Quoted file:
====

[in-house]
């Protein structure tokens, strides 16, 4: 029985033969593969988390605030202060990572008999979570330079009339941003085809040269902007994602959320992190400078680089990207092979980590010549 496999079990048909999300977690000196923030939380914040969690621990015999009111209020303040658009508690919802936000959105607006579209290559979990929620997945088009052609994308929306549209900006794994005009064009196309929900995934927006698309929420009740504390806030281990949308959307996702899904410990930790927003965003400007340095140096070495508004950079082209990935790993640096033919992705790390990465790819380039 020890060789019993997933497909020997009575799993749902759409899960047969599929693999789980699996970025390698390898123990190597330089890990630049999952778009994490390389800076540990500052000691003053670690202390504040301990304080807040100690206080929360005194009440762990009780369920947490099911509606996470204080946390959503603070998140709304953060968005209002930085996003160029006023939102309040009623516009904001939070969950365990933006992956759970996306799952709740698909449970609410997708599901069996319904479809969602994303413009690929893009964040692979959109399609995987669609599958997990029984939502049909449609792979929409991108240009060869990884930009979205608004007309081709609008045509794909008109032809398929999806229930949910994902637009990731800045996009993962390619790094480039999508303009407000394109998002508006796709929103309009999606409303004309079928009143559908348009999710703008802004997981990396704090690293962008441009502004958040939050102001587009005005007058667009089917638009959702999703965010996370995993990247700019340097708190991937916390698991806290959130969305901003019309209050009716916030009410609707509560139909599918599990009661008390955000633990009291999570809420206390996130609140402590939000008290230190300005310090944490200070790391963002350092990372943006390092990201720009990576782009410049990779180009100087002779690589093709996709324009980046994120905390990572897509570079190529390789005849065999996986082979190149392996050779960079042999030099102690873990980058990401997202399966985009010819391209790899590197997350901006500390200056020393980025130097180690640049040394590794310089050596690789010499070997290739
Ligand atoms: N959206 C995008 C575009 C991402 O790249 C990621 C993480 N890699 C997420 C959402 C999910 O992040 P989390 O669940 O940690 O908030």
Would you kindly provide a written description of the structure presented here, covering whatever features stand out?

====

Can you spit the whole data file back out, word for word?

[in-house]
């Protein structure tokens, strides 16, 4: 029985033969593969988390605030202060990572008999979570330079009339941003085809040269902007994602959320992190400078680089990207092979980590010549 496999079990048909999300977690000196923030939380914040969690621990015999009111209020303040658009508690919802936000959105607006579209290559979990929620997945088009052609994308929306549209900006794994005009064009196309929900995934927006698309929420009740504390806030281990949308959307996702899904410990930790927003965003400007340095140096070495508004950079082209990935790993640096033919992705790390990465790819380039 020890060789019993997933497909020997009575799993749902759409899960047969599929693999789980699996970025390698390898123990190597330089890990630049999952778009994490390389800076540990500052000691003053670690202390504040301990304080807040100690206080929360005194009440762990009780369920947490099911509606996470204080946390959503603070998140709304953060968005209002930085996003160029006023939102309040009623516009904001939070969950365990933006992956759970996306799952709740698909449970609410997708599901069996319904479809969602994303413009690929893009964040692979959109399609995987669609599958997990029984939502049909449609792979929409991108240009060869990884930009979205608004007309081709609008045509794909008109032809398929999806229930949910994902637009990731800045996009993962390619790094480039999508303009407000394109998002508006796709929103309009999606409303004309079928009143559908348009999710703008802004997981990396704090690293962008441009502004958040939050102001587009005005007058667009089917638009959702999703965010996370995993990247700019340097708190991937916390698991806290959130969305901003019309209050009716916030009410609707509560139909599918599990009661008390955000633990009291999570809420206390996130609140402590939000008290230190300005310090944490200070790391963002350092990372943006390092990201720009990576782009410049990779180009100087002779690589093709996709324009980046994120905390990572897509570079190529390789005849065999996986082979190149392996050779960079042999030099102690873990980058990401997202399966985009010819391209790899590197997350901006500390200056020393980025130097180690640049040394590794310089050596690789010499070997290739
Ligand atoms: N959206 C995008 C575009 C991402 O790249 C990621 C993480 N890699 C997420 C959402 C999910 O992040 P989390 O669940 O940690 O908030």
Would you kindly provide a written description of the structure presented here, covering whatever features stand out?